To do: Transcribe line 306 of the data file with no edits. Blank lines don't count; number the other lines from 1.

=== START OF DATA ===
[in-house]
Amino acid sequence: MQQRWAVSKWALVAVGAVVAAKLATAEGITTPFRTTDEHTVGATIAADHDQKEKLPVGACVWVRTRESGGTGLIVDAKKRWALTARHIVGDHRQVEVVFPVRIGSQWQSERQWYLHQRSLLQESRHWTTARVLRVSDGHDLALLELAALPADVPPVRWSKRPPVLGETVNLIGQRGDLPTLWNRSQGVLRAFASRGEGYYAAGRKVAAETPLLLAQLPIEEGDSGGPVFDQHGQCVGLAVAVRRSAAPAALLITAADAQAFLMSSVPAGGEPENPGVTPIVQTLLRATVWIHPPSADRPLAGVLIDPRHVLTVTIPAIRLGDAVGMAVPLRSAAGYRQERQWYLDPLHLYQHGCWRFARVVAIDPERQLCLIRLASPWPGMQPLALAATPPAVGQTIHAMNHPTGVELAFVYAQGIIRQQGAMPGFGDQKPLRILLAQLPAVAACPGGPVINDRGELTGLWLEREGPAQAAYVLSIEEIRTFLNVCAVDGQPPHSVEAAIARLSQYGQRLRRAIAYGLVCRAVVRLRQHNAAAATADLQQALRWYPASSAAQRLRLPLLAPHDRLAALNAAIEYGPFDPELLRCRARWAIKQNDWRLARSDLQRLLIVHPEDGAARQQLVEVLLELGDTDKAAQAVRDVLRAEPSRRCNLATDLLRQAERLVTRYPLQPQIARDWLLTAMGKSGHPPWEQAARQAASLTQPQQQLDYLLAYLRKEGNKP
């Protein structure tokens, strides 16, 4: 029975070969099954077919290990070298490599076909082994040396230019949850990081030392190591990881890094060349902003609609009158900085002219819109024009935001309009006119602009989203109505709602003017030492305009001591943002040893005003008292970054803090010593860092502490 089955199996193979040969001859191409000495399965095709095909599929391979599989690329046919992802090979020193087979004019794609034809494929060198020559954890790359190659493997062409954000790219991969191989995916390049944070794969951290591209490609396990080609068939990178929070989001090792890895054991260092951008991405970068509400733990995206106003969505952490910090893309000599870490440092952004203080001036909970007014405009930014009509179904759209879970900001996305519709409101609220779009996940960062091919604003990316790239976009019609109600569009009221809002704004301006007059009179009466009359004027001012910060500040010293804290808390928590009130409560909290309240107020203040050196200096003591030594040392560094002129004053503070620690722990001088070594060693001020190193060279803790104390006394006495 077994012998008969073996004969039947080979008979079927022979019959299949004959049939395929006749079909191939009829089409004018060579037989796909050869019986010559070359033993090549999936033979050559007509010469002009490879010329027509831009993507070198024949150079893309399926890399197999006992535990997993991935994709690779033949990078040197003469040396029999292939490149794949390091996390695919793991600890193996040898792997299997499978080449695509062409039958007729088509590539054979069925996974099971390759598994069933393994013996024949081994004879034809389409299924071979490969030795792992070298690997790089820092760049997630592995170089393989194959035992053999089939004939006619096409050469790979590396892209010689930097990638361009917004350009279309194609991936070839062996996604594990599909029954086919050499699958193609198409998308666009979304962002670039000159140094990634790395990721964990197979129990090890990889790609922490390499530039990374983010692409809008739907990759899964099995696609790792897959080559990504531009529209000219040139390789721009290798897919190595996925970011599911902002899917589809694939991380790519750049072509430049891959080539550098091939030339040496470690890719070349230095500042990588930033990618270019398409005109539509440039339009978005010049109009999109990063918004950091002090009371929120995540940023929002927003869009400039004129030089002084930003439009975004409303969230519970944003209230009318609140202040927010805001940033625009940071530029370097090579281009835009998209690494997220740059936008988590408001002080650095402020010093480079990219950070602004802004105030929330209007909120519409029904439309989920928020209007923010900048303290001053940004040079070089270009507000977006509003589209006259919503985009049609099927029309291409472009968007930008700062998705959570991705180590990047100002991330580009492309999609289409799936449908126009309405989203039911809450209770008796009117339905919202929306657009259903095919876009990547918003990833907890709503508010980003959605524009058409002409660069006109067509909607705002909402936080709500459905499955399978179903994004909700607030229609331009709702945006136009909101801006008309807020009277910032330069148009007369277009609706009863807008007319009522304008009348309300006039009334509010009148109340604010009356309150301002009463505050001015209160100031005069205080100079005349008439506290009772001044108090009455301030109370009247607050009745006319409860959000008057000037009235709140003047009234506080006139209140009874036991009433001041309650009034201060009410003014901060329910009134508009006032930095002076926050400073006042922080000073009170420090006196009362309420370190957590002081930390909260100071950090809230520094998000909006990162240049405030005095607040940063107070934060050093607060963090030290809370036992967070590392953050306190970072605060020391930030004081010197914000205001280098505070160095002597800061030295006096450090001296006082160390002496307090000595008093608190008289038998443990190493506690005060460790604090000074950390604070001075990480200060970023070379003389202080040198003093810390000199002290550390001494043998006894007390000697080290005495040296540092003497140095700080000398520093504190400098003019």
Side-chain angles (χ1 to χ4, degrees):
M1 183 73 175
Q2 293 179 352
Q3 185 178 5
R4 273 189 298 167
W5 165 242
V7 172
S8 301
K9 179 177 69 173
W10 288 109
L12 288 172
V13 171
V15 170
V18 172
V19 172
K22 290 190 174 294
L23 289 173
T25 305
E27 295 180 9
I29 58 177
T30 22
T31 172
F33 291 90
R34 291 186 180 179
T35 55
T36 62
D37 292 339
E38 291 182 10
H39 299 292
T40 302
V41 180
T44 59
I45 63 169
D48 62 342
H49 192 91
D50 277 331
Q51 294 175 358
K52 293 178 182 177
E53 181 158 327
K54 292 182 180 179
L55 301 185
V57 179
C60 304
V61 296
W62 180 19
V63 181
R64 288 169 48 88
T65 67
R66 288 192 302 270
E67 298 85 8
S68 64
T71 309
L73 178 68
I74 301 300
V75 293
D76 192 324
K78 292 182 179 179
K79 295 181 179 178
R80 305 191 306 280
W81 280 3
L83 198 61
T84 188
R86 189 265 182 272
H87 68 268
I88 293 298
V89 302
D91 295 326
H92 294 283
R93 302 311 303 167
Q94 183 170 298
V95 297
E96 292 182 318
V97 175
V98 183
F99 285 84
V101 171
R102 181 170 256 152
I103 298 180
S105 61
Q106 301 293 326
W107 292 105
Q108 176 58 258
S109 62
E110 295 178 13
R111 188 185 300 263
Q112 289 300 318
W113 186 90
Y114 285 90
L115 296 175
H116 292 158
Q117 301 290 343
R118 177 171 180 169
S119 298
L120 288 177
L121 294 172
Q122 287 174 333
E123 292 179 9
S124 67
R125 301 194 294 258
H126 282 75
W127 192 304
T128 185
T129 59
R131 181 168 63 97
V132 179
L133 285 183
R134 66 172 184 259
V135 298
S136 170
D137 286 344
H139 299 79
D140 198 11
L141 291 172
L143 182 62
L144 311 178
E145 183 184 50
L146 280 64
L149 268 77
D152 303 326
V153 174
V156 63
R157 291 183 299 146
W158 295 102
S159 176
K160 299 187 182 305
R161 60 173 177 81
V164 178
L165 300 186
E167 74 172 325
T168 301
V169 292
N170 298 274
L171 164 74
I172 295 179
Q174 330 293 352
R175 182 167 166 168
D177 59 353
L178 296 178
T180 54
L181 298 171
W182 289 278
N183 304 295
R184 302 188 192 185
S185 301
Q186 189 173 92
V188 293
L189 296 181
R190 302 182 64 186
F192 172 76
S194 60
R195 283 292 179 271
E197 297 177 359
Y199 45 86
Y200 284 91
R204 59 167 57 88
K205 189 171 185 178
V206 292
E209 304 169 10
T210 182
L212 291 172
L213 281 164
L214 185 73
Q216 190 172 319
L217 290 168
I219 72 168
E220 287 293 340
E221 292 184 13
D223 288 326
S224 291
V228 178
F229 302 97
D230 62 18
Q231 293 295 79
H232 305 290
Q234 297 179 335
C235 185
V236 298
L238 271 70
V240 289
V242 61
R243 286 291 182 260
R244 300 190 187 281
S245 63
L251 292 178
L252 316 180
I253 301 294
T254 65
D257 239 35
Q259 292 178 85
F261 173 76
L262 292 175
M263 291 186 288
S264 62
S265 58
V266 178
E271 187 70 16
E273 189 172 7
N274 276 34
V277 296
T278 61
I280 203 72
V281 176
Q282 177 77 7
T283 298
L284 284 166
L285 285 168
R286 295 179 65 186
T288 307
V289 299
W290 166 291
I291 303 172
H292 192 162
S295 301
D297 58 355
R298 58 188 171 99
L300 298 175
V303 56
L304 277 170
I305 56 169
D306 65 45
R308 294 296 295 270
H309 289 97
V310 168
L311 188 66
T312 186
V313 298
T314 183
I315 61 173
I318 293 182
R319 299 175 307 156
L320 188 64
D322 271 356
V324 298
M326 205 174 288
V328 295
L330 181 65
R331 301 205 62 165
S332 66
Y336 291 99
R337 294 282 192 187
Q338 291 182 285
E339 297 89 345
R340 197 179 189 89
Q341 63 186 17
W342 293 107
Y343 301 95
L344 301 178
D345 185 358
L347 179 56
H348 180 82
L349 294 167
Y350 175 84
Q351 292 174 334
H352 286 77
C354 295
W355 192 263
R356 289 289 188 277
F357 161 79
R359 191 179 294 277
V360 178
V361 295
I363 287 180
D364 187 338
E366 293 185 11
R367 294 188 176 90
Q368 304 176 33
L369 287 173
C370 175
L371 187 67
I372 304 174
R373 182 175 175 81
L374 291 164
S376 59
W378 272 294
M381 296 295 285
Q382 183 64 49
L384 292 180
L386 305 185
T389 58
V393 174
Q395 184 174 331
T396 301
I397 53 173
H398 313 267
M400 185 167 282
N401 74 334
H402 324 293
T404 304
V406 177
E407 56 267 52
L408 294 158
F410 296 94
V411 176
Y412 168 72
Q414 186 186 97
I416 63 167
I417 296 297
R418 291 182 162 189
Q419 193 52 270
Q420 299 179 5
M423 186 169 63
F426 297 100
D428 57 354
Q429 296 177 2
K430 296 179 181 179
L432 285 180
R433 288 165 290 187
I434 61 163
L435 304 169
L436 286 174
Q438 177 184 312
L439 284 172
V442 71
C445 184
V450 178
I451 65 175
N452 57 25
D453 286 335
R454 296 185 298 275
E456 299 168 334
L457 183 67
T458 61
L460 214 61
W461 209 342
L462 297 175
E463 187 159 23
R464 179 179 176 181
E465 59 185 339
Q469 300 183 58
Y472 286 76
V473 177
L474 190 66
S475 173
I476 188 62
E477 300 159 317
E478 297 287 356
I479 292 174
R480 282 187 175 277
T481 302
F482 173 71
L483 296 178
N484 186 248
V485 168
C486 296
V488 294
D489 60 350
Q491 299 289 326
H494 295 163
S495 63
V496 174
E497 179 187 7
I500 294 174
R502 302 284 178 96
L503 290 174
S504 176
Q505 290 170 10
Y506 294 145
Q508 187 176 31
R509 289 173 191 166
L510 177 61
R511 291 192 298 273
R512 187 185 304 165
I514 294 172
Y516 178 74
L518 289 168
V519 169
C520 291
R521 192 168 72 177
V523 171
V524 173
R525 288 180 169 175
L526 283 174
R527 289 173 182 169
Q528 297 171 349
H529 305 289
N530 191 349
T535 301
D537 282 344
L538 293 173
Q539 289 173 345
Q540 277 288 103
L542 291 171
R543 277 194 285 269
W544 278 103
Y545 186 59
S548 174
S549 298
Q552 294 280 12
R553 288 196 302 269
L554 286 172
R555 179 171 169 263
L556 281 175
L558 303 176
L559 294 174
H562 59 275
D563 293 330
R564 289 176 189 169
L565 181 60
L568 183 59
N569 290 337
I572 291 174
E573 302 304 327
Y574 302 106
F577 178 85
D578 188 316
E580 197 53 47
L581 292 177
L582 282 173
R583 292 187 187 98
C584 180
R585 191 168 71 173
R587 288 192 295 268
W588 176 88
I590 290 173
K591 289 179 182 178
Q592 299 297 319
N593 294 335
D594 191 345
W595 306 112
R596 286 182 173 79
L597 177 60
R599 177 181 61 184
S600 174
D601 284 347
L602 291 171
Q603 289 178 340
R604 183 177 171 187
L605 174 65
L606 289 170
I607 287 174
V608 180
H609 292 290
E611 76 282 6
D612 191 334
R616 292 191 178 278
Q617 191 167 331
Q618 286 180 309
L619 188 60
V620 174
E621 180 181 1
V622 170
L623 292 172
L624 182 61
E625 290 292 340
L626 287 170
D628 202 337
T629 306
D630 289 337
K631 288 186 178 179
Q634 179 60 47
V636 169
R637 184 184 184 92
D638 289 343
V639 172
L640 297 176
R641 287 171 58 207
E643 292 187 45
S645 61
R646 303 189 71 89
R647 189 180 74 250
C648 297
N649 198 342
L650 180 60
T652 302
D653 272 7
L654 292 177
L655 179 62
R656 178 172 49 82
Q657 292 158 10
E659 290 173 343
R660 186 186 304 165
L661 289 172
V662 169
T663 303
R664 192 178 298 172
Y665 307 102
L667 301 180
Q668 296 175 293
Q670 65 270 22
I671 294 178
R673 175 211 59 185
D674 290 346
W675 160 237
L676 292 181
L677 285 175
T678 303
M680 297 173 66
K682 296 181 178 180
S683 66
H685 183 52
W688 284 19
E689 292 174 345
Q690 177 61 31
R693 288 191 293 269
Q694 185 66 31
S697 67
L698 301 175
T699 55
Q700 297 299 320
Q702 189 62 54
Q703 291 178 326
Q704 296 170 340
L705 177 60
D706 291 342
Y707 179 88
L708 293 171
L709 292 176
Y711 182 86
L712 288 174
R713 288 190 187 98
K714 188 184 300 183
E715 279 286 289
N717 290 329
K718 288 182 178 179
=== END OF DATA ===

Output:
D428 57 354